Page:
The co-authors of Invasion of the Prostate Snatchers, blog alternate posts weekly. We invite you to post your comments.

Tuesday, November 13, 2012

Life After Combidex (Part 1)


A few days ago I got an email bemoaning the demise of Combidex, and asking for a review of the situation, including what replacements were on the horizon. So in this Blog and the next, I will attempt to shed some light on the matter.

The most common areas of prostate cancer metastasis are the pelvic or abdominal lymph nodes and the bones, but detecting whether the cancer has spread to the lymph nodes is a problem, because no truly reliable diagnostic test for lymphatic involvement is currently available.

In 2007, when my Gleason score had gone from 6 to 7 and the cancer had arrived in the left seminal vesicle, I traveled to the Netherlands for a Combidex MRI. According to the makers, Advanced Magnetics, Inc. (now AMAG Pharma), Combidex, the brand name for ferumoxtran-10, could “assist in the differentiation between metastatic and non-metastatic lymph nodes in patients with confirmed primary cancer who were at risk for lymph node metastasis.” How it worked was that metastatic lymph nodes showed less “uptake” of the iron oxide nanoparticles. Fortunately for me, all my lymph nodes were clear. However (and it’s a long story that I detailed in Invasion of the Prostate Snatchers) the Combidex infusion MRI, by far the most reliable (better than 90% accurate) diagnostic test for lymph node detection, didn’t make it past the FDA watchdogs, and AMAG Pharma discontinued the production of ferumoxtran-10. So the Combidex MRI is presently no longer available anywhere.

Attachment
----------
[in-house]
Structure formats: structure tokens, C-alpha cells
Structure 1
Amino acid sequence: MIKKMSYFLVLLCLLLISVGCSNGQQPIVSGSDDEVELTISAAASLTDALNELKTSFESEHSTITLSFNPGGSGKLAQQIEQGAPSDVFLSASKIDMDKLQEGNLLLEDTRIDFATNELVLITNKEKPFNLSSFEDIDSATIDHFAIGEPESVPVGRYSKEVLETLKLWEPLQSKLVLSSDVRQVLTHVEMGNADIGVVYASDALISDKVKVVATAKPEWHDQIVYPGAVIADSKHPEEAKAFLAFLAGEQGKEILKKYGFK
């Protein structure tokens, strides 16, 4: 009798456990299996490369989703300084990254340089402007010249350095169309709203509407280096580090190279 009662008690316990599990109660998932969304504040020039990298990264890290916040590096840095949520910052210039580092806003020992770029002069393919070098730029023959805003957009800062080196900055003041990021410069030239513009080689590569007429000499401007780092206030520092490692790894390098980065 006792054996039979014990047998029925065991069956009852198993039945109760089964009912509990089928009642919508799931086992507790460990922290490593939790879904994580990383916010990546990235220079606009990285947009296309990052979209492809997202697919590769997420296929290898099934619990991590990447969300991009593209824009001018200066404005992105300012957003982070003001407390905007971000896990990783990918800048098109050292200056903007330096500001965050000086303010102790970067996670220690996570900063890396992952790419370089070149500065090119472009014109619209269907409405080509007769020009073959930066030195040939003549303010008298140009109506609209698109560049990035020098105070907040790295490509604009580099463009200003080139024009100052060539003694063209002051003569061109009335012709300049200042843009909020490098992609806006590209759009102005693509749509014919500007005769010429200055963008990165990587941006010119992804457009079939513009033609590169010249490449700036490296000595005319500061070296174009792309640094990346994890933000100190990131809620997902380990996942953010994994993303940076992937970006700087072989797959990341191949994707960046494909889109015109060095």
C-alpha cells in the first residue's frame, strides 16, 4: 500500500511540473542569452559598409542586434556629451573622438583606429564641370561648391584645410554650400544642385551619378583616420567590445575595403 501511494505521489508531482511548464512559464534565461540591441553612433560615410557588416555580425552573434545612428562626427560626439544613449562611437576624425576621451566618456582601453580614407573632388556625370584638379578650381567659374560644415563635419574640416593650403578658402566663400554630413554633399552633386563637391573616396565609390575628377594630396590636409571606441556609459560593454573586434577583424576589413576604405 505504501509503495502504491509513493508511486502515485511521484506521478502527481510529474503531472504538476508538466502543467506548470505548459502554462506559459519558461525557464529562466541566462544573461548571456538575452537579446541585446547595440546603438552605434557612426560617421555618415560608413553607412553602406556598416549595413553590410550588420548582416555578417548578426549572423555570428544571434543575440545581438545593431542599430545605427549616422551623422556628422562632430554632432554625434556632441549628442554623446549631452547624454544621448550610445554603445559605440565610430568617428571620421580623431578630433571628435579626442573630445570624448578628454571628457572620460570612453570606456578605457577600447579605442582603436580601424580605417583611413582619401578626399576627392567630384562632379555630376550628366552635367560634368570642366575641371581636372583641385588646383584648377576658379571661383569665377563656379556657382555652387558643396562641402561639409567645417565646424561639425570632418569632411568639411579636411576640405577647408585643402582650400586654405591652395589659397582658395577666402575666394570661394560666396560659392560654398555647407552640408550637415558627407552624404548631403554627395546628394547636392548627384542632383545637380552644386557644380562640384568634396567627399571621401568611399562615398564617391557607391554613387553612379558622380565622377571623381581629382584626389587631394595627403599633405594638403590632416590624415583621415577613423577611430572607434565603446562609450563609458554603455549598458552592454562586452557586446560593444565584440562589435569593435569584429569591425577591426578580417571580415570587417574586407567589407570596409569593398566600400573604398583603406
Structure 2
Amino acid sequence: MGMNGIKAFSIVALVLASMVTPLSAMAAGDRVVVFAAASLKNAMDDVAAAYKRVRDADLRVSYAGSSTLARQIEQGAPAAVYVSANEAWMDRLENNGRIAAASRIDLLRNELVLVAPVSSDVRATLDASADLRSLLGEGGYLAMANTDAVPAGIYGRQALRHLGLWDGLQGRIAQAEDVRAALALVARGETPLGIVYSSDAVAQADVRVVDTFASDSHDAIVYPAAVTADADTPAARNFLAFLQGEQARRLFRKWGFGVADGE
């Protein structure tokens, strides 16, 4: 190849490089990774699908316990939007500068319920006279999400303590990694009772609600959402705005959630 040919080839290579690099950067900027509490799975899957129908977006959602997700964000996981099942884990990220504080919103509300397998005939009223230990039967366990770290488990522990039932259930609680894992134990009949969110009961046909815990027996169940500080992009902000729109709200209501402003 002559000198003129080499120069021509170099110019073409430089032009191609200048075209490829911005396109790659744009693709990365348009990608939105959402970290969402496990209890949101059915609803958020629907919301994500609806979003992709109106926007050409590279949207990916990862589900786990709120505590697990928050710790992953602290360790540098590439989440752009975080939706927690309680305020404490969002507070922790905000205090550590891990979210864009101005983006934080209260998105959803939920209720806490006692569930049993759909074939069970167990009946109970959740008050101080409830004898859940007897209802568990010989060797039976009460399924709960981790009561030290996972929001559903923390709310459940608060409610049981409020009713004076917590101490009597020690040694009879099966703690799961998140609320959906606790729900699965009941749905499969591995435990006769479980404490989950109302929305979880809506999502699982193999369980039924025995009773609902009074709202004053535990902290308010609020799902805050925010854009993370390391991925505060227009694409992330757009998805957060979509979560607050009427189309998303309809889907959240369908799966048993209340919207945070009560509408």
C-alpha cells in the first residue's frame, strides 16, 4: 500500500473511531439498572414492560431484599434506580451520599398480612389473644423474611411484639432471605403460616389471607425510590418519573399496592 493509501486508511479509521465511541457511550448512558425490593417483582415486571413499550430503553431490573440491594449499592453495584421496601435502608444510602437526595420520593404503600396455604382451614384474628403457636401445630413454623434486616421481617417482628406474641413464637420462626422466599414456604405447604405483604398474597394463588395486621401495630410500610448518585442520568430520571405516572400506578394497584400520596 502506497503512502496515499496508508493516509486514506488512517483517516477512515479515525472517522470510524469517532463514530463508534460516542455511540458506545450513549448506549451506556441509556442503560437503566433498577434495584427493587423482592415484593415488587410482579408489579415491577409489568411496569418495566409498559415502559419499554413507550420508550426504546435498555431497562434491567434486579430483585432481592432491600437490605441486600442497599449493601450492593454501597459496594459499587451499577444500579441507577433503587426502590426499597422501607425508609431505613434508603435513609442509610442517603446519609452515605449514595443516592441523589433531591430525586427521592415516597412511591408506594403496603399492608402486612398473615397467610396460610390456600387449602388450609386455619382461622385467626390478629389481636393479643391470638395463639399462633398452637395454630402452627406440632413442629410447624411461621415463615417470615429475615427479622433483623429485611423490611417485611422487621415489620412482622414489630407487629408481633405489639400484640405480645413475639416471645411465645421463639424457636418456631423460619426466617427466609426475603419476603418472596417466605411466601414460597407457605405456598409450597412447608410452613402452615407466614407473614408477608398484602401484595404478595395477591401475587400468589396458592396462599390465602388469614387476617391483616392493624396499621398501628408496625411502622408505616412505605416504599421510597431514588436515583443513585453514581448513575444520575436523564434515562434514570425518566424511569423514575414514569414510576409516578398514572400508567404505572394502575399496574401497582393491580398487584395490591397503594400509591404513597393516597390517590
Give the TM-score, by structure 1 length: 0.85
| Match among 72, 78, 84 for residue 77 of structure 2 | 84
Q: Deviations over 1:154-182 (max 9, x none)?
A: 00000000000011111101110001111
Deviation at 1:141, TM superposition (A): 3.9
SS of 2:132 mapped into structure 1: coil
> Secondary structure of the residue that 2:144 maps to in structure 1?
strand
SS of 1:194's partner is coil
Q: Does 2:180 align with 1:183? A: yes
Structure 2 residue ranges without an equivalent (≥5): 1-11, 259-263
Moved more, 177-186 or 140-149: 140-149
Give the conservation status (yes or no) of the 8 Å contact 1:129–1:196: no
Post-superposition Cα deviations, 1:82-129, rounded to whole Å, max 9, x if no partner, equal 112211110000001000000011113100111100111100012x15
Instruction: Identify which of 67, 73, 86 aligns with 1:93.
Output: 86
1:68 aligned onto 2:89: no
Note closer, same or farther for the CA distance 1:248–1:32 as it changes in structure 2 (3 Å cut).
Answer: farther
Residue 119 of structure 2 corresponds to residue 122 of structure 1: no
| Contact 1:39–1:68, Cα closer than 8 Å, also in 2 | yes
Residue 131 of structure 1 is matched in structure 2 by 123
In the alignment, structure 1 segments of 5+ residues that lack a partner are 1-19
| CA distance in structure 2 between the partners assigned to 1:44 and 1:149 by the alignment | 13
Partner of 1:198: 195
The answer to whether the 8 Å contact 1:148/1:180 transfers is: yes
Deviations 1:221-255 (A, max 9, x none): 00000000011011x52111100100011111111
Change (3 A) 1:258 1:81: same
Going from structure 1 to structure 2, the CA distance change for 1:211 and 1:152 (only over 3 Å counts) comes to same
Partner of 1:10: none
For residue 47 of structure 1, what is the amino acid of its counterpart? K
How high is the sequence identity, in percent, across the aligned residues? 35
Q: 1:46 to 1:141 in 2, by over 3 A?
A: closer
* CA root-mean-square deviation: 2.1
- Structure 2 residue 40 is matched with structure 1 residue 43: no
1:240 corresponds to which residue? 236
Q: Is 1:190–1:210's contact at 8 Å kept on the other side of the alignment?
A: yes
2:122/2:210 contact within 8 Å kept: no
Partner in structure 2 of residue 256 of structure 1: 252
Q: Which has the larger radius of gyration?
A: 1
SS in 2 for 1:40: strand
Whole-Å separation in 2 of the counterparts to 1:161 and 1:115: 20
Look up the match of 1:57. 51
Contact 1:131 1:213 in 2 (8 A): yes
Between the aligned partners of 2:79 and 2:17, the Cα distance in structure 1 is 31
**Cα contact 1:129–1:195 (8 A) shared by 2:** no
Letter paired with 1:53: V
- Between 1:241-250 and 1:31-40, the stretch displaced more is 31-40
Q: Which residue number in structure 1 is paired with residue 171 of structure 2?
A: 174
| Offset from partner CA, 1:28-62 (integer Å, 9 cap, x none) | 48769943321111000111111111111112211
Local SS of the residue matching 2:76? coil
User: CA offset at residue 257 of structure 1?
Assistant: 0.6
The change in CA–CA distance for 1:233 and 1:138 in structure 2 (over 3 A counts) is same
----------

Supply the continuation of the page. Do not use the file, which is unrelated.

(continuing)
The primary FDA-approved diagnostic test for detecting lymphatic involvement is the ProstaScint scan. Given by an intravenous injection, ProstaScint circulates throughout the body and attaches to prostate cancer cells. The injection contains a small amount of low-level radioactive material that is absorbed by the cancer cells and shows up as “hot spots.” But the findings are subtle, with a high risk of false positives, and an absolute necessity with the ProstaScint scan is an extremely experienced interpreter.

Meanwhile in Holland, Dr Jelle Barentsz, Professor of Radiology, UMC  St. Radboud,  Nijmegen, has been working on a validation study of Feraheme (made of nano-particles of iron) as a lymph node diagnostic agent. Feraheme is the contrast agent with which AMAG Pharma replaced Combidex, and Dr. Barentsz’ study is to find out if Feraheme is as good a contrast agent as Combidex. Currently Feraheme is only approved for treating patients with iron deficiency anemia or chronic adult kidney disease.

We desperately need better tests. The ability of oncologists to accurately detect lymph node involvement could signify a huge step forward in staging and, therefore, in making optimal treatment decisions for men with newly diagnosed and advanced prostate cancer.

1 comment:

Bill Mason said...

Are you aware of Mayo Clinic first FDA-approved facility to produce Choline C11 injection.

Also, see PCRI Insights August 2012, Carbon-11-Acetate PET/CT Imaging in Prostate Cancer, Fabio Almeida, MD, Arizona Molecular Imaging Center (currently conducting gov. clinical trials)and also at UCLA, Dr. Martin S. Allen-Auerbach, PET Imaging of Prostate Cancer Using 11C-Acetate.

I'm a patient of Drs. Lam & Scholz.


Bill Mason